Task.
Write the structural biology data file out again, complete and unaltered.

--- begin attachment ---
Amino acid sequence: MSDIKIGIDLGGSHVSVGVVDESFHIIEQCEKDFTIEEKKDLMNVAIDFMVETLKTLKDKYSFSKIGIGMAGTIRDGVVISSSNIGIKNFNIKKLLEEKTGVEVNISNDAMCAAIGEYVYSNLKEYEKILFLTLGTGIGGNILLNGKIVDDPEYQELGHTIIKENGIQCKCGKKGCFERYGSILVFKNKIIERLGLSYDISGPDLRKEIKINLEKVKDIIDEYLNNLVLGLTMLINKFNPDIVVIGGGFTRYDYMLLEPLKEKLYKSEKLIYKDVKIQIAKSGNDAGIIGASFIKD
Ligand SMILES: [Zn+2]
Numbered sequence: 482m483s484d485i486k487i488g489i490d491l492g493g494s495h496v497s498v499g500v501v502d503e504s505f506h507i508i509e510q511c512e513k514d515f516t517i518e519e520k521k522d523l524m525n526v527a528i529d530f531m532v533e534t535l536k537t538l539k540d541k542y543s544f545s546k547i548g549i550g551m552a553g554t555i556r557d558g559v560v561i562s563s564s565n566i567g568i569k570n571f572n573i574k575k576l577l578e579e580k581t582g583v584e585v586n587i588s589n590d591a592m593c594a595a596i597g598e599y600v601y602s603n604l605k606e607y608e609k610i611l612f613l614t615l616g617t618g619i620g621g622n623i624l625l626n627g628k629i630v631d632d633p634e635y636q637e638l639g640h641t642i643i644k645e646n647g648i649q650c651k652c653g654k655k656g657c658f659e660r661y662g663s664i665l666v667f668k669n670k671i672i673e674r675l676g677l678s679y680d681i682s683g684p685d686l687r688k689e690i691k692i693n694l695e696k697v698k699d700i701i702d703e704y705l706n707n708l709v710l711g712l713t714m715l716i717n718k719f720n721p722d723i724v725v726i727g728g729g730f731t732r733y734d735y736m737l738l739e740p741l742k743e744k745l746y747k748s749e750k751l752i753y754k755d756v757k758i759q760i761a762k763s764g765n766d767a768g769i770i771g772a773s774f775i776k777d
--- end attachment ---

Amino acid sequence: MSDIKIGIDLGGSHVSVGVVDESFHIIEQCEKDFTIEEKKDLMNVAIDFMVETLKTLKDKYSFSKIGIGMAGTIRDGVVISSSNIGIKNFNIKKLLEEKTGVEVNISNDAMCAAIGEYVYSNLKEYEKILFLTLGTGIGGNILLNGKIVDDPEYQELGHTIIKENGIQCKCGKKGCFERYGSILVFKNKIIERLGLSYDISGPDLRKEIKINLEKVKDIIDEYLNNLVLGLTMLINKFNPDIVVIGGGFTRYDYMLLEPLKEKLYKSEKLIYKDVKIQIAKSGNDAGIIGASFIKD
Ligand SMILES: [Zn+2]
Numbered sequence: 482m483s484d485i486k487i488g489i490d491l492g493g494s495h496v497s498v499g500v501v502d503e504s505f506h507i508i509e510q511c512e513k514d515f516t517i518e519e520k521k522d523l524m525n526v527a528i529d530f531m532v533e534t535l536k537t538l539k540d541k542y543s544f545s546k547i548g549i550g551m552a553g554t555i556r557d558g559v560v561i562s563s564s565n566i567g568i569k570n571f572n573i574k575k576l577l578e579e580k581t582g583v584e585v586n587i588s589n590d591a592m593c594a595a596i597g598e599y600v601y602s603n604l605k606e607y608e609k610i611l612f613l614t615l616g617t618g619i620g621g622n623i624l625l626n627g628k629i630v631d632d633p634e635y636q637e638l639g640h641t642i643i644k645e646n647g648i649q650c651k652c653g654k655k656g657c658f659e660r661y662g663s664i665l666v667f668k669n670k671i672i673e674r675l676g677l678s679y680d681i682s683g684p685d686l687r688k689e690i691k692i693n694l695e696k697v698k699d700i701i702d703e704y705l706n707n708l709v710l711g712l713t714m715l716i717n718k719f720n721p722d723i724v725v726i727g728g729g730f731t732r733y734d735y736m737l738l739e740p741l742k743e744k745l746y747k748s749e750k751l752i753y754k755d756v757k758i759q760i761a762k763s764g765n766d767a768g769i770i771g772a773s774f775i776k777d